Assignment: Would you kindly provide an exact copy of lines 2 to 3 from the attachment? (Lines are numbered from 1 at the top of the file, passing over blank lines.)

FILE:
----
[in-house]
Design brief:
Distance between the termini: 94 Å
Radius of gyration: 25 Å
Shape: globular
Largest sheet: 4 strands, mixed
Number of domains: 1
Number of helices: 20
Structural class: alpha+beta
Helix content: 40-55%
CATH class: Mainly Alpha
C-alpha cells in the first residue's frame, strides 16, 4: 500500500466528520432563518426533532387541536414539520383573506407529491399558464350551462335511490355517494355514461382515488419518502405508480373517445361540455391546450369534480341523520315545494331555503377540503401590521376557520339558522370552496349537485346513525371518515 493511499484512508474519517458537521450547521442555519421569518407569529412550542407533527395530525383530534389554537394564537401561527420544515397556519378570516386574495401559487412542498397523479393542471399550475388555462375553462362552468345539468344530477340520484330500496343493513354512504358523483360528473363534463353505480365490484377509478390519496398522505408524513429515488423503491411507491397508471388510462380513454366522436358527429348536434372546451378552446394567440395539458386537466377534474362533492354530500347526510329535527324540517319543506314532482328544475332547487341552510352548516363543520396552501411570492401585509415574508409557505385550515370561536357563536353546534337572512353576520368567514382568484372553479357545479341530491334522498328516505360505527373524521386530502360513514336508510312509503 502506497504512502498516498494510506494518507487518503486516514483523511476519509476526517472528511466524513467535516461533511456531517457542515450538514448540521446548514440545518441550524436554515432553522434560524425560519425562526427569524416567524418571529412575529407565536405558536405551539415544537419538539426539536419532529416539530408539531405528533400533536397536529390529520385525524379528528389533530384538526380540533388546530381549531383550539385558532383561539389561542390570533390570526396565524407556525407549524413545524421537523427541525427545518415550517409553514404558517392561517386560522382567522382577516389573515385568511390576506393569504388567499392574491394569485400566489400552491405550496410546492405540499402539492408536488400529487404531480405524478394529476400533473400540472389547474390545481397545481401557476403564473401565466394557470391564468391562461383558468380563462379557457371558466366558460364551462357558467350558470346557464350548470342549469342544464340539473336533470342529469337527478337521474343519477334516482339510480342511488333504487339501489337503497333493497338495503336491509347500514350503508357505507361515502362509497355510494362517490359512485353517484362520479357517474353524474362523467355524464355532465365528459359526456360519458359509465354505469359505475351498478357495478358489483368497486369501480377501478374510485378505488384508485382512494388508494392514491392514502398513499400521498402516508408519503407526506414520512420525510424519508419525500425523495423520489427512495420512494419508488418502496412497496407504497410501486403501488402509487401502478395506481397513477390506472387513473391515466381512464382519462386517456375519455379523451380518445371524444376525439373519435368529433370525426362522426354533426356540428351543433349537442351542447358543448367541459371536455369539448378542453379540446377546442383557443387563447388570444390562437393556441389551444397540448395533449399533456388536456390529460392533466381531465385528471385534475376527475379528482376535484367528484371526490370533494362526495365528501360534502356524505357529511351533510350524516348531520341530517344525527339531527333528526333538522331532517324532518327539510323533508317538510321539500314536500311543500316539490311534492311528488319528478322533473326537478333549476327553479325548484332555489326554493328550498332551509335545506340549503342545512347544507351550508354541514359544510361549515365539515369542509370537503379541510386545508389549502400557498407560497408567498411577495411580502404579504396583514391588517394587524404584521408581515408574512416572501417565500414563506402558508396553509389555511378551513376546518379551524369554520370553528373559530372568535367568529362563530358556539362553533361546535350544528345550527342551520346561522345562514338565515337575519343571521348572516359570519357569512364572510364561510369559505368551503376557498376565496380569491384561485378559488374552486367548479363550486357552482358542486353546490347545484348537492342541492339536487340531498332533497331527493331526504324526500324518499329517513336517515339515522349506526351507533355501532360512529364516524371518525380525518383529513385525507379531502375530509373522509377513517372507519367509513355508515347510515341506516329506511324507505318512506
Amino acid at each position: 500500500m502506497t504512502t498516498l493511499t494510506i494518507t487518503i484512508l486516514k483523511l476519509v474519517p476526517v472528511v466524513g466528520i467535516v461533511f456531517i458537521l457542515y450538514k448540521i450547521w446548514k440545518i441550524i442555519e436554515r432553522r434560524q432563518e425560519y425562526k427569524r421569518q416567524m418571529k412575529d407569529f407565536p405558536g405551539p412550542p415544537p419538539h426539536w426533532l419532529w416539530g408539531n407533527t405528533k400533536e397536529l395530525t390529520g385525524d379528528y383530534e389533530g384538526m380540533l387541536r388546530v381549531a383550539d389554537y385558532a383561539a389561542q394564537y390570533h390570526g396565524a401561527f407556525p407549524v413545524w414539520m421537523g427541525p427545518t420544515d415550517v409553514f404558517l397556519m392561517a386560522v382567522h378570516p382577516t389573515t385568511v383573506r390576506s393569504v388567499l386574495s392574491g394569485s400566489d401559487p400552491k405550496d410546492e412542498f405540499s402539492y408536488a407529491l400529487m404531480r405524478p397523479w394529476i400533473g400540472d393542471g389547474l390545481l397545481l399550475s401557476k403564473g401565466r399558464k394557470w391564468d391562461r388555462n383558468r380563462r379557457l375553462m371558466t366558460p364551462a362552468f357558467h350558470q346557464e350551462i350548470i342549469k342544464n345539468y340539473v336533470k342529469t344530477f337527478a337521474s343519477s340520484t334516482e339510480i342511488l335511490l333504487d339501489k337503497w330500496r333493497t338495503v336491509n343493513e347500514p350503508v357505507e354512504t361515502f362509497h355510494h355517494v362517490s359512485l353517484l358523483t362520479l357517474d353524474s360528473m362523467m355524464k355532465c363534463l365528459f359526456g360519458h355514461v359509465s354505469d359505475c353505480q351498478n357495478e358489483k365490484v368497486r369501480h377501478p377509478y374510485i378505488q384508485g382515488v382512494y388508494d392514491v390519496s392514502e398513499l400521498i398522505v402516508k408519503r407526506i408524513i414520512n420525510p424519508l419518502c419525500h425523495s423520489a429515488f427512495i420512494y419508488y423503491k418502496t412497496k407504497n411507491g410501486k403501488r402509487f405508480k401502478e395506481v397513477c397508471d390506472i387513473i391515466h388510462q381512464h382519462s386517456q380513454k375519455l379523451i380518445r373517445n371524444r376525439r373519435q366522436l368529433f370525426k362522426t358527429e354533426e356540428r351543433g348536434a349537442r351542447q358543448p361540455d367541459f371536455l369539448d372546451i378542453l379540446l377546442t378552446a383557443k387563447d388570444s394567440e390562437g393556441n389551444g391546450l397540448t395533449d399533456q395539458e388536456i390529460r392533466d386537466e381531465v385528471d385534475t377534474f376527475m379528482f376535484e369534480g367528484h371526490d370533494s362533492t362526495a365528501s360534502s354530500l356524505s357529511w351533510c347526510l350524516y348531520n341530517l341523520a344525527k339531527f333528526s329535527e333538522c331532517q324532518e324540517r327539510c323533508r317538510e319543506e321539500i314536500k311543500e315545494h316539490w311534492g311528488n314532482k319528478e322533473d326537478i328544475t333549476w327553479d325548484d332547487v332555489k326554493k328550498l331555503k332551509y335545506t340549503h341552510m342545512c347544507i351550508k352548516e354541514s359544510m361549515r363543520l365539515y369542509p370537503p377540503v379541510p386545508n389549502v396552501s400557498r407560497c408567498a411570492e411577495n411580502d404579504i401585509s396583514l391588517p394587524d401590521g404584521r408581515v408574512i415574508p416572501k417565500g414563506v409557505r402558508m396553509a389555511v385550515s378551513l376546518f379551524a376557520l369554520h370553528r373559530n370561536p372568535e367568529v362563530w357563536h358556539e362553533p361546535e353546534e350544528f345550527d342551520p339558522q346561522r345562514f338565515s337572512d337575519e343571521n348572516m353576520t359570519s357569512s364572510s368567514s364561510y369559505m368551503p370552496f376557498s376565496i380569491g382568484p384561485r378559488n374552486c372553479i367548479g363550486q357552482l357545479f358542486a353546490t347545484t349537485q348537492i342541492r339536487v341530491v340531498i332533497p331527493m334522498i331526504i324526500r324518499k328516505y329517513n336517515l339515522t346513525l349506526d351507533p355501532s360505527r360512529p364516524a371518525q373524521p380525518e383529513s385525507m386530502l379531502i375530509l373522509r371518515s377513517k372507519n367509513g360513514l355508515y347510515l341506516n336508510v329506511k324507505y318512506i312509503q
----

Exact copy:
Design brief:
Distance between the termini: 94 Å